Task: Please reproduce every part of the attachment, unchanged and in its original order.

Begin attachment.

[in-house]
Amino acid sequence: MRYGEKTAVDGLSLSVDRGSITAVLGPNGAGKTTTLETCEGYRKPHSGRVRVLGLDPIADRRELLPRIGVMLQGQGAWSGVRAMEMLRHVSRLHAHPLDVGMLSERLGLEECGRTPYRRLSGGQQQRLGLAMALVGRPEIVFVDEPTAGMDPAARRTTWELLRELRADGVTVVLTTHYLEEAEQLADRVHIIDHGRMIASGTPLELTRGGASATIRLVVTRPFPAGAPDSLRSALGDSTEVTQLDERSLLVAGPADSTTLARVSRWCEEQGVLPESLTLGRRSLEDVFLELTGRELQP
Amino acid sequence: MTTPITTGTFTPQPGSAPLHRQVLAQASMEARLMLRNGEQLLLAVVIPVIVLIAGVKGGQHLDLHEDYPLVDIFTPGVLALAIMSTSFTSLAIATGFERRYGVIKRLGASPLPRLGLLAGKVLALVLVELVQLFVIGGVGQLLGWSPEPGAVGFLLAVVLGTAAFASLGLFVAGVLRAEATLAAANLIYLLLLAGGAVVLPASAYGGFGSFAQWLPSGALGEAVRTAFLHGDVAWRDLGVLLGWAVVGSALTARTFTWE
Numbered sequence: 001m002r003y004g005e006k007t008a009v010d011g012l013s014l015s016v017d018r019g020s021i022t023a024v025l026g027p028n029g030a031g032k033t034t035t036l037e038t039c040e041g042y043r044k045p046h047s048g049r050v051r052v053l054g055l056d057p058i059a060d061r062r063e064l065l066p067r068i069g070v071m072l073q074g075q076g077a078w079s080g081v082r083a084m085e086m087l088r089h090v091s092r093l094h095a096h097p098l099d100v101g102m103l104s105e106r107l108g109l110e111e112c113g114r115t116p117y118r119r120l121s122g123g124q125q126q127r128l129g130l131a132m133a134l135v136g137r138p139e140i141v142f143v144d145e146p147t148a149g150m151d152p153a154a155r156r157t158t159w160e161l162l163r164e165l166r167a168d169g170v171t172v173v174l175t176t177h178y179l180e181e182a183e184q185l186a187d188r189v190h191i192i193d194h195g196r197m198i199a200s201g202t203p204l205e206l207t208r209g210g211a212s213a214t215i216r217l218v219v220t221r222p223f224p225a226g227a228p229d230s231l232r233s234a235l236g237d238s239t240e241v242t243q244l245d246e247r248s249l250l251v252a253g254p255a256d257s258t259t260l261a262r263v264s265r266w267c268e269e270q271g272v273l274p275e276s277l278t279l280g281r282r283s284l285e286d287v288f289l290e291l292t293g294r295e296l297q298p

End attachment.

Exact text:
[in-house]
Amino acid sequence: MRYGEKTAVDGLSLSVDRGSITAVLGPNGAGKTTTLETCEGYRKPHSGRVRVLGLDPIADRRELLPRIGVMLQGQGAWSGVRAMEMLRHVSRLHAHPLDVGMLSERLGLEECGRTPYRRLSGGQQQRLGLAMALVGRPEIVFVDEPTAGMDPAARRTTWELLRELRADGVTVVLTTHYLEEAEQLADRVHIIDHGRMIASGTPLELTRGGASATIRLVVTRPFPAGAPDSLRSALGDSTEVTQLDERSLLVAGPADSTTLARVSRWCEEQGVLPESLTLGRRSLEDVFLELTGRELQP
Amino acid sequence: MTTPITTGTFTPQPGSAPLHRQVLAQASMEARLMLRNGEQLLLAVVIPVIVLIAGVKGGQHLDLHEDYPLVDIFTPGVLALAIMSTSFTSLAIATGFERRYGVIKRLGASPLPRLGLLAGKVLALVLVELVQLFVIGGVGQLLGWSPEPGAVGFLLAVVLGTAAFASLGLFVAGVLRAEATLAAANLIYLLLLAGGAVVLPASAYGGFGSFAQWLPSGALGEAVRTAFLHGDVAWRDLGVLLGWAVVGSALTARTFTWE
Numbered sequence: 001m002r003y004g005e006k007t008a009v010d011g012l013s014l015s016v017d018r019g020s021i022t023a024v025l026g027p028n029g030a031g032k033t034t035t036l037e038t039c040e041g042y043r044k045p046h047s048g049r050v051r052v053l054g055l056d057p058i059a060d061r062r063e064l065l066p067r068i069g070v071m072l073q074g075q076g077a078w079s080g081v082r083a084m085e086m087l088r089h090v091s092r093l094h095a096h097p098l099d100v101g102m103l104s105e106r107l108g109l110e111e112c113g114r115t116p117y118r119r120l121s122g123g124q125q126q127r128l129g130l131a132m133a134l135v136g137r138p139e140i141v142f143v144d145e146p147t148a149g150m151d152p153a154a155r156r157t158t159w160e161l162l163r164e165l166r167a168d169g170v171t172v173v174l175t176t177h178y179l180e181e182a183e184q185l186a187d188r189v190h191i192i193d194h195g196r197m198i199a200s201g202t203p204l205e206l207t208r209g210g211a212s213a214t215i216r217l218v219v220t221r222p223f224p225a226g227a228p229d230s231l232r233s234a235l236g237d238s239t240e241v242t243q244l245d246e247r248s249l250l251v252a253g254p255a256d257s258t259t260l261a262r263v264s265r266w267c268e269e270q271g272v273l274p275e276s277l278t279l280g281r282r283s284l285e286d287v288f289l290e291l292t293g294r295e296l297q298p